Helen Lundeberg was a Southern Californian painter. Along with her husband Lorser Feitelson, she is credited with establishing the Post-Surrealist movement, her artistic style changed over the course of her career, has been described variously as Post-Surrealism, Hard-edge painting, Subjective Classicism. Helen Lundeberg was born in Chicago in on June 24, 1908, the eldest child of second-generation Swedish parents. In 1912 her family moved to California; as a child, she was an avid reader. Her intellectual aptitude earned her inclusion in a Stanford University study for "brilliant children" in the Los Angeles area. During her early adulthood, Lundeberg's inclination was to become a writer. In 1930, Lundeberg graduated from Pasadena Junior College, she enrolled in art classes at the Stickney Memorial School of Art in Pasadena, where she met professor and fellow painter Lorser Feitelson. Feitelson's dynamic approach to composition and broad ranging interests in the international art scene inspired Lundeberg.
In conversation with Fidel Danieli, as part of the UCLA Oral History Project in 1974, Lundeberg explained, "When Lorser came and began to explain things, to make diagrams and to give us principles of different kinds of construction – light dawned! It was very exciting." In the 1930s, Lundeberg was working in both post-surrealist styles. She first exhibited at the Fine Arts Gallery in San Diego in 1931, when she showed her painting Apple Harvesters. In 1933 had her first solo show at the Stanley Rose Gallery in Los Angeles, she and Feitelson married that same year. Together in 1934, Feitelson and Lundeberg founded Subjective Classicism, which became known as Post Surrealism. Using her painting Plant and Animal Analogies as a case study and an ideal, Lundeberg wrote the New Classicism manifesto. Post Surrealism represented the first concentrated response in the US to European Surrealism. Unlike their European counterparts, American Post-Surrealist artists did not rely on random dream imagery. Instead planned subjects were used to guide the viewer through the painting revealing a deeper meaning.
This method of working appealed to Lundeberg's intellectual sensibilities and her engagement with surrealism is present, to varying degrees, in her work throughout the rest of her career. From 1936 to 1942, Lundeberg was employed by the Works Progress Administration's Federal Art Project, for which she produced lithographs, easel paintings, murals in the Los Angeles area. Working in oil paint and with a team of four assistants, Lundeberg completed a series of three murals, Preamble to the Constitution, Free Assembly, Free Ballot for the Bob Hope Patriotic Hall; these murals are now considered lost. Los Angeles mural painter Kent Twitchell created a new series of murals after the lost Lundeberg murals for the Bob Hope Patriotic Hall during the restoration of the building. In 1941, the WPA commissioned Lundeberg to paint a mural at the Fullerton City Hall. Lundeberg's mural, History of California, covered three walls of the city council chambers with scenes ranging from the arrival of Spanish explorers to the rise of Hollywood.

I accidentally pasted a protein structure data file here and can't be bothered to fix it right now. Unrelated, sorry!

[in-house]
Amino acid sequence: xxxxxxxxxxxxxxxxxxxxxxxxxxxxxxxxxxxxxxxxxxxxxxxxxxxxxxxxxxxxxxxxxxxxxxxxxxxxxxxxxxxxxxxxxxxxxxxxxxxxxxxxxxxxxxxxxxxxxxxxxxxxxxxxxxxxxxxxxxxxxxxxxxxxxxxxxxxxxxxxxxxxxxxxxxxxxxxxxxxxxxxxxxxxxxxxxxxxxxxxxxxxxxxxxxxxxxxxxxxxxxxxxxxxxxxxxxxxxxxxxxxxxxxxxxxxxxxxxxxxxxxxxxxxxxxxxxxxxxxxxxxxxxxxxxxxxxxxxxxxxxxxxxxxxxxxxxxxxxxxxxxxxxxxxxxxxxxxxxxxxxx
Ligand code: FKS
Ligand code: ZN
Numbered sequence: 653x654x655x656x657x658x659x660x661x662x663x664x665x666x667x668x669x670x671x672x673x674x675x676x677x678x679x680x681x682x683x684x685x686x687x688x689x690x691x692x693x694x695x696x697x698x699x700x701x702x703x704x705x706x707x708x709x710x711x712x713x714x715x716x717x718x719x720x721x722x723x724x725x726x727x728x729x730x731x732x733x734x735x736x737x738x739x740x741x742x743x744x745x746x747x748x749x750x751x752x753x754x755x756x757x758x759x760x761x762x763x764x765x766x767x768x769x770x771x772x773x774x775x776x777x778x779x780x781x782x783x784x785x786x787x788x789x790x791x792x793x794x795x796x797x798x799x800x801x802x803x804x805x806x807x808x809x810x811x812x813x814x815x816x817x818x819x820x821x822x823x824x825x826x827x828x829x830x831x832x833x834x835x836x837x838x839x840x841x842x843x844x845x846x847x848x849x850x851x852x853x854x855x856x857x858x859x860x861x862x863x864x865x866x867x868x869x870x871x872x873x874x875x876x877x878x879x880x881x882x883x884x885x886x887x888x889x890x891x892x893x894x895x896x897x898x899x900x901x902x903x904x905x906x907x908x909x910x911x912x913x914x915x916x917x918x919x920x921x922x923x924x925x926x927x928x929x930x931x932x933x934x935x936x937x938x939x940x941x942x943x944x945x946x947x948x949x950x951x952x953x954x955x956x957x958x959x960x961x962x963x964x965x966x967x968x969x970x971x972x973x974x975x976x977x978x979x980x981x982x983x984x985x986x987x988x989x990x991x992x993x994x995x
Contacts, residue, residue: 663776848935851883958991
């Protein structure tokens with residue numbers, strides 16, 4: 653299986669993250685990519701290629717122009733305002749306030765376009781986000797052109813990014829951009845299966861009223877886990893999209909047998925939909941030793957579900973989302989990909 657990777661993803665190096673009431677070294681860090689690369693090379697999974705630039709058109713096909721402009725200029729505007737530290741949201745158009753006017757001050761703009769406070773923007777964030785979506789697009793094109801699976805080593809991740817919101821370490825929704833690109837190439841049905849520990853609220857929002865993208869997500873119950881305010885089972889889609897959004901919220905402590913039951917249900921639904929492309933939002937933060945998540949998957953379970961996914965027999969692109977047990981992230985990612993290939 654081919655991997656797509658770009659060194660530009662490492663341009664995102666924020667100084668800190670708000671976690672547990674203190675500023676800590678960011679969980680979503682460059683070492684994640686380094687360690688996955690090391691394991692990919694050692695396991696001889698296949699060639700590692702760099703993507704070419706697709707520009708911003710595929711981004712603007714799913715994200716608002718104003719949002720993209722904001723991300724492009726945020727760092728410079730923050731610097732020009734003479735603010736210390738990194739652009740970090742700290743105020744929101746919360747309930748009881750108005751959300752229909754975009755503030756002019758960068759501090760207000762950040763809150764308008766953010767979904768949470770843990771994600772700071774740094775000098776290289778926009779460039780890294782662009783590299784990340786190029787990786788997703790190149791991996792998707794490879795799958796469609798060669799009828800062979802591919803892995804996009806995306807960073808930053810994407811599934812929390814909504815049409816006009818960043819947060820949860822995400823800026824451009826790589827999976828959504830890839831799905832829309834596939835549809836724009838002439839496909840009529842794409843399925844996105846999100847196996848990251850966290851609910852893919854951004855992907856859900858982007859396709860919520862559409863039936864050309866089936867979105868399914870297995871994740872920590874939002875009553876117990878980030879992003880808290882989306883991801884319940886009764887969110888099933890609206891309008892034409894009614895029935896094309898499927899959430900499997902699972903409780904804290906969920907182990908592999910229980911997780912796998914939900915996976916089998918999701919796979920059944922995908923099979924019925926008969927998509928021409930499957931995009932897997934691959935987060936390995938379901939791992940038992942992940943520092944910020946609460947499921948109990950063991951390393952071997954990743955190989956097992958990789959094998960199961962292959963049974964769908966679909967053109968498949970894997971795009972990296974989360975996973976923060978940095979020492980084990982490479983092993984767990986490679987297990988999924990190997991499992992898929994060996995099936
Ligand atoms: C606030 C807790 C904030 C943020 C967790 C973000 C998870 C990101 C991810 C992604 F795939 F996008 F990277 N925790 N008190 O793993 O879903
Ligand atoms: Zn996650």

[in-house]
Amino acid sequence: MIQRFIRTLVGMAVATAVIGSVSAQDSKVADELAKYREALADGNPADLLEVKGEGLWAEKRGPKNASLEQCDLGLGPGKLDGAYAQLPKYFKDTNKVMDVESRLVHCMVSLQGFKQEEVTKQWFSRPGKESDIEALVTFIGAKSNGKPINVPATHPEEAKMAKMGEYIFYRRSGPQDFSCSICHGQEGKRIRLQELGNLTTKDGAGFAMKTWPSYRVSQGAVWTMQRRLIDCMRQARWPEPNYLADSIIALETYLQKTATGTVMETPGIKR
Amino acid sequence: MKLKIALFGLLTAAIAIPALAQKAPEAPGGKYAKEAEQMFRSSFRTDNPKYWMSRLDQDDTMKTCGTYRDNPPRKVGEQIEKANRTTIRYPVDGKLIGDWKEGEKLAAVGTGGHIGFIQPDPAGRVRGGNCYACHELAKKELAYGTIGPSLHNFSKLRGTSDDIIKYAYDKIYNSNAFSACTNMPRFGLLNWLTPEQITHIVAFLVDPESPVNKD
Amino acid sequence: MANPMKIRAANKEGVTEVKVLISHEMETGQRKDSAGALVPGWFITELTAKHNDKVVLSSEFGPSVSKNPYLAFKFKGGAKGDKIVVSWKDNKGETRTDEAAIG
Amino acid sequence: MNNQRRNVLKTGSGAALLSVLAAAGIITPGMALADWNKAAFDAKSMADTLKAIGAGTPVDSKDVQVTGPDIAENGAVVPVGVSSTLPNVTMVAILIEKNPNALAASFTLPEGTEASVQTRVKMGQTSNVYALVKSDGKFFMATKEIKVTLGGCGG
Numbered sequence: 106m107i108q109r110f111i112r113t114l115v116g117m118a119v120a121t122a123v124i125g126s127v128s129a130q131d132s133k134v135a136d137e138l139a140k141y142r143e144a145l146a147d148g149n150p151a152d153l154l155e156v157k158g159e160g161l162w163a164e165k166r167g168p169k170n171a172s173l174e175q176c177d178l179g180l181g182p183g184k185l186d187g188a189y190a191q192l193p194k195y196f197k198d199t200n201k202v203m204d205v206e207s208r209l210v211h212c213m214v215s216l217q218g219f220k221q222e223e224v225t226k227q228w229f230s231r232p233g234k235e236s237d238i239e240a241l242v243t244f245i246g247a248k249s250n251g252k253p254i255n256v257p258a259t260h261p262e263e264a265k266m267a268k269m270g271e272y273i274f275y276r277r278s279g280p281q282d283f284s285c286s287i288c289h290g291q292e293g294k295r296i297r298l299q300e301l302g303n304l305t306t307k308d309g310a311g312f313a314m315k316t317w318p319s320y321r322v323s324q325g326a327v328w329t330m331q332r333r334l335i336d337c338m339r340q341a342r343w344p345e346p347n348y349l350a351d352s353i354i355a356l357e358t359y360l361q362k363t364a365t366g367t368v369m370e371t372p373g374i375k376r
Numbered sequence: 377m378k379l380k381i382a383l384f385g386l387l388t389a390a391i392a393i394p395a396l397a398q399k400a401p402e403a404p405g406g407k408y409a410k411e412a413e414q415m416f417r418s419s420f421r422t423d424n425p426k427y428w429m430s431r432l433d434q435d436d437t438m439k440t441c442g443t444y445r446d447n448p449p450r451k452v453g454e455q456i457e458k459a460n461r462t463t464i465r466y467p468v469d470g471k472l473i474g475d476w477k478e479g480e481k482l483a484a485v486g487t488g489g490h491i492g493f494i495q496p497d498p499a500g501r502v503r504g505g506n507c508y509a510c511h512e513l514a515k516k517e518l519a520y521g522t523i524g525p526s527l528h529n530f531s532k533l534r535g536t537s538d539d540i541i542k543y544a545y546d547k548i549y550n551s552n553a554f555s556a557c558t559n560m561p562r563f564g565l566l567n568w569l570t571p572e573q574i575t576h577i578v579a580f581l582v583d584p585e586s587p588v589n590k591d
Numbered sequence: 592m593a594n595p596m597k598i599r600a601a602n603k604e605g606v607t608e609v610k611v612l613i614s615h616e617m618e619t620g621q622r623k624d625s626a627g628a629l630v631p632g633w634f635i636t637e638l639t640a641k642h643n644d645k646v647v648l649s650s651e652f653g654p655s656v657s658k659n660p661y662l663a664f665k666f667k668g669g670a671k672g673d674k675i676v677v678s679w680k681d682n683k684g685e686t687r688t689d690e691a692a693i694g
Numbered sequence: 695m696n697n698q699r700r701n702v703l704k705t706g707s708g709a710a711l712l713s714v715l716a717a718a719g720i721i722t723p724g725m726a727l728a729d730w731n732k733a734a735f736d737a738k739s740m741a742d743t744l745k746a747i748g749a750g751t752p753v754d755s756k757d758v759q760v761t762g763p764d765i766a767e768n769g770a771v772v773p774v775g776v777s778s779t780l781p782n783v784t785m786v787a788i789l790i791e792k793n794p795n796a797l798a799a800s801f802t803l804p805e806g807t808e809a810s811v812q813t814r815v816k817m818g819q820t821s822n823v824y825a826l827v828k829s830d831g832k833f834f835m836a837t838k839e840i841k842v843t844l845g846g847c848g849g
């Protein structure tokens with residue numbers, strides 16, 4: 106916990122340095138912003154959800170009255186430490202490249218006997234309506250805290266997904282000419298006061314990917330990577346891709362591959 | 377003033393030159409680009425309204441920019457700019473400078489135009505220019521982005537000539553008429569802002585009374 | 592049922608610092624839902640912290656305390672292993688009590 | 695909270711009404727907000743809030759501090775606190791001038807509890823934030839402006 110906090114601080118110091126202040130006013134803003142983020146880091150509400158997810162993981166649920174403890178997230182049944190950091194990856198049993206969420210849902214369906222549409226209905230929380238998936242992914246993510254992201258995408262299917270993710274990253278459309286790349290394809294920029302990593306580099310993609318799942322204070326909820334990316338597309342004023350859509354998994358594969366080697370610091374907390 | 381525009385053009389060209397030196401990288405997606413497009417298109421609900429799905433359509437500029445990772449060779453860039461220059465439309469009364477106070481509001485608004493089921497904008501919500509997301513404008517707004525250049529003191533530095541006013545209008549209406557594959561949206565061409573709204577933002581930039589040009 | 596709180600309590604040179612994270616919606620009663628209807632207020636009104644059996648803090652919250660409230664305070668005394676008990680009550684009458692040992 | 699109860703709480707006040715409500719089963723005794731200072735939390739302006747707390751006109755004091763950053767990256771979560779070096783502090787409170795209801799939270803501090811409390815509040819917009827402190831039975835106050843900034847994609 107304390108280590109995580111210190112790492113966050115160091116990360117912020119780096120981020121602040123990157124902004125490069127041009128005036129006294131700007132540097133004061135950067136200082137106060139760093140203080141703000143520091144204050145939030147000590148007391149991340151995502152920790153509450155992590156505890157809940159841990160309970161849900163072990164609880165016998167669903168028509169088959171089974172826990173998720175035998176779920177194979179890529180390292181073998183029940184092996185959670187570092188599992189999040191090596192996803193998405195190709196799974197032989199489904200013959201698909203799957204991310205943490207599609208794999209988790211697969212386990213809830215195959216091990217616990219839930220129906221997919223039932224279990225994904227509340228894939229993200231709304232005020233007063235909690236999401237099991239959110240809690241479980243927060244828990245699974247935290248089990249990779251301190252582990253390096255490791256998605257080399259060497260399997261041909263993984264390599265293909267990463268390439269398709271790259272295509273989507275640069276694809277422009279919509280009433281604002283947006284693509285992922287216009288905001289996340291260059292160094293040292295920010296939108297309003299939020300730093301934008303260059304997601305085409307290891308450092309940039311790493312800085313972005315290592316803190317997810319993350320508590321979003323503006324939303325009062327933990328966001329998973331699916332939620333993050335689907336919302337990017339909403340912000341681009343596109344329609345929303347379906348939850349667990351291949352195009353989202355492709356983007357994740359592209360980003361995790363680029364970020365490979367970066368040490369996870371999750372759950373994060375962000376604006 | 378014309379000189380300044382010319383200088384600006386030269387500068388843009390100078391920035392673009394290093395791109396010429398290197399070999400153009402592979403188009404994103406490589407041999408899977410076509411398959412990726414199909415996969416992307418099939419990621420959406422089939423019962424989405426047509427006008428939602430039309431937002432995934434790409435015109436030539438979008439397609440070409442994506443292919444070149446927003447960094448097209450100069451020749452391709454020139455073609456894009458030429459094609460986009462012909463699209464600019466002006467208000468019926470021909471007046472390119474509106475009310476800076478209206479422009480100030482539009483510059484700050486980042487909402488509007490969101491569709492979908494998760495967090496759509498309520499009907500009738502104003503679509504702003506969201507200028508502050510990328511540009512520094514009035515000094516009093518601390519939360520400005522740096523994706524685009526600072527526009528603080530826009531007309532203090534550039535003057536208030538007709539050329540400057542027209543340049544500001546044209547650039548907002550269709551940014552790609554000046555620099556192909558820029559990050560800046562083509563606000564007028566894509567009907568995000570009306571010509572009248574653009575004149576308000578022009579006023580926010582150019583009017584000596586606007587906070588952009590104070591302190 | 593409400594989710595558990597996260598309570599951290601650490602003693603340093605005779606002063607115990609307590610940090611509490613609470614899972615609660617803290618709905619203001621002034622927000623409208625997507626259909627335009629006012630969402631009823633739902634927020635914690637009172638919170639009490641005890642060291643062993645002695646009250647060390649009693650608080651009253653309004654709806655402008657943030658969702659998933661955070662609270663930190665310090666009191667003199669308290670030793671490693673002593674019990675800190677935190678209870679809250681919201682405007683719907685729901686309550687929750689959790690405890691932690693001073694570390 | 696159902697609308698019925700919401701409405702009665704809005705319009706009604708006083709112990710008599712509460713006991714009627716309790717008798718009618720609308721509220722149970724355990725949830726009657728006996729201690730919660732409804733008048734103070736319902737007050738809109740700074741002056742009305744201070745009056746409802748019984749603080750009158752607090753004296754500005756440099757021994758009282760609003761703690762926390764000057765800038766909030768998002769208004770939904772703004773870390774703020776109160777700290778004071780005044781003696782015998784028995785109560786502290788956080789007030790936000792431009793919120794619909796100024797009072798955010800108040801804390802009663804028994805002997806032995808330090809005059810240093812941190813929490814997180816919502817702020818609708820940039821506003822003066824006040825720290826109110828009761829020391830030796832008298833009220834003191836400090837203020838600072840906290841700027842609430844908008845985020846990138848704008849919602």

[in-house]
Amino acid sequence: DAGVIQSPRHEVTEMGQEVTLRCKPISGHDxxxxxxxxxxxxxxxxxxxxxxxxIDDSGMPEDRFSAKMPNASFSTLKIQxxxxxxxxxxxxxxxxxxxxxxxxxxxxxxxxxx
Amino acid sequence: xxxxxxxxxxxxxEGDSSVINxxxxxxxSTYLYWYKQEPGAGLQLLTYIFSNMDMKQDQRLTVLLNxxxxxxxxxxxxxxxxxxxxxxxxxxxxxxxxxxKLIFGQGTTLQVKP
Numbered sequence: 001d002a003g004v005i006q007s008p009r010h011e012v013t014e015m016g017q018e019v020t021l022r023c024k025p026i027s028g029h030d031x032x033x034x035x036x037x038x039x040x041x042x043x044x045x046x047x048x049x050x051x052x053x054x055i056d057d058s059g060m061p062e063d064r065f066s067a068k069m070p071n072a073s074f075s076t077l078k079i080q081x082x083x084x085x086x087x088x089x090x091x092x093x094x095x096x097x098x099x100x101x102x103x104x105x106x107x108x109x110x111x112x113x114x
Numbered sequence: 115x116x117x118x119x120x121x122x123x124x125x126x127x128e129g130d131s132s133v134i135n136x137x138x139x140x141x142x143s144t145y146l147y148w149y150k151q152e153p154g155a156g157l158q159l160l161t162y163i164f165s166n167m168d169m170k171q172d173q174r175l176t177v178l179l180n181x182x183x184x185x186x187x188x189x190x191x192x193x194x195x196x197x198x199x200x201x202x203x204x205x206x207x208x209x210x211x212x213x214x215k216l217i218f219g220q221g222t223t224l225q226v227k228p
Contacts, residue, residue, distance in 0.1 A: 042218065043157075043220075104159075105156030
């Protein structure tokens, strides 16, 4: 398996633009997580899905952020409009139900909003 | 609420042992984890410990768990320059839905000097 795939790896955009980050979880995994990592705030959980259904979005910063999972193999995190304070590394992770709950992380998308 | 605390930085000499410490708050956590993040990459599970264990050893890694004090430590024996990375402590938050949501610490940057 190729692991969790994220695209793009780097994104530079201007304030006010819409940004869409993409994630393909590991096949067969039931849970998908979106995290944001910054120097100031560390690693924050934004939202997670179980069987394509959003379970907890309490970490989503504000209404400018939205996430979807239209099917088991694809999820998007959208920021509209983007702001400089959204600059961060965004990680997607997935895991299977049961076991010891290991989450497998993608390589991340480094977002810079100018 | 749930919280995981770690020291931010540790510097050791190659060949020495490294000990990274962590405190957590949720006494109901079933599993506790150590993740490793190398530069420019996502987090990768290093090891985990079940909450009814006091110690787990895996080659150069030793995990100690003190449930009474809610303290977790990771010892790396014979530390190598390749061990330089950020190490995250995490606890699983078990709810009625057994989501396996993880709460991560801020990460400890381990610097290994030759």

When the building was converted into police headquarters, the mural was painted over and remained covered until it was restored in 1993. Under the auspices of the WPA, Lundeberg completed the mural History of Transportation near the southern border of Edward Vincent, Jr. Park in Inglewood, California; this 8 foot high, 241 foot long, mural is made of petrachrome and depicts the history of the Centinela Valley. It includes images of people from all walks of life employing various means of transportation from carriages and steam trains to automobiles and airplanes. After decades of damage, the mural was restored in 2007 and relocated to its present location across from Inglewood High School; the preliminary drawings for this mural are part of the permanent collection of the Nevada Museum of Art. Lundeberg's work with the WPA in Southern California is noteworthy both because her works were well-received and because she was one of only three women artists in Southern California making public artwork for the WPA.
During the 1950s, Lundeberg moved towards geometric abstraction and Hard Edge painting and away from the representational sensibility that had informed her early work. Though always based in reality, Lundeberg created mysterious images that exist somewhere between abstraction and figuration. Described as formal and lyrical, Lundeberg's paintings rely on precise compositions that utilize various restricted palettes. Paintings from this period employ the idea of "mood entity", a concept in Post Surrealism, concerned with evoking states of mind and emotional content unique to each work. Lundeberg and Feitelson were part of a loose group of Post-Surrealists that included the artists Grace Clements, Philip Guston, Reuben Kadish, Harold Lehman, Lucien Labaudt, Knud Merrild, Etienne Ret. During this period, Lundeberg was one of the most prolific painters working in Southern California. In the 1960s and 1970s, Lundeberg continued her journey through abstraction, exploring imagery associated with landscapes, still life, planetary forms and intuitive compositions.
She revisited compositions or themes in various palettes. In the 1980s, Lundeberg created a series of paintings that deal with landscapes and architectural elements, her love of the 15th Century Italian Classicists is reflected in many of these works. Throughout her 60-year career, Lundeberg imbued her work with a strong personal vision and a nuanced palette, she created her last known work, the painting Two Mountains, in 1990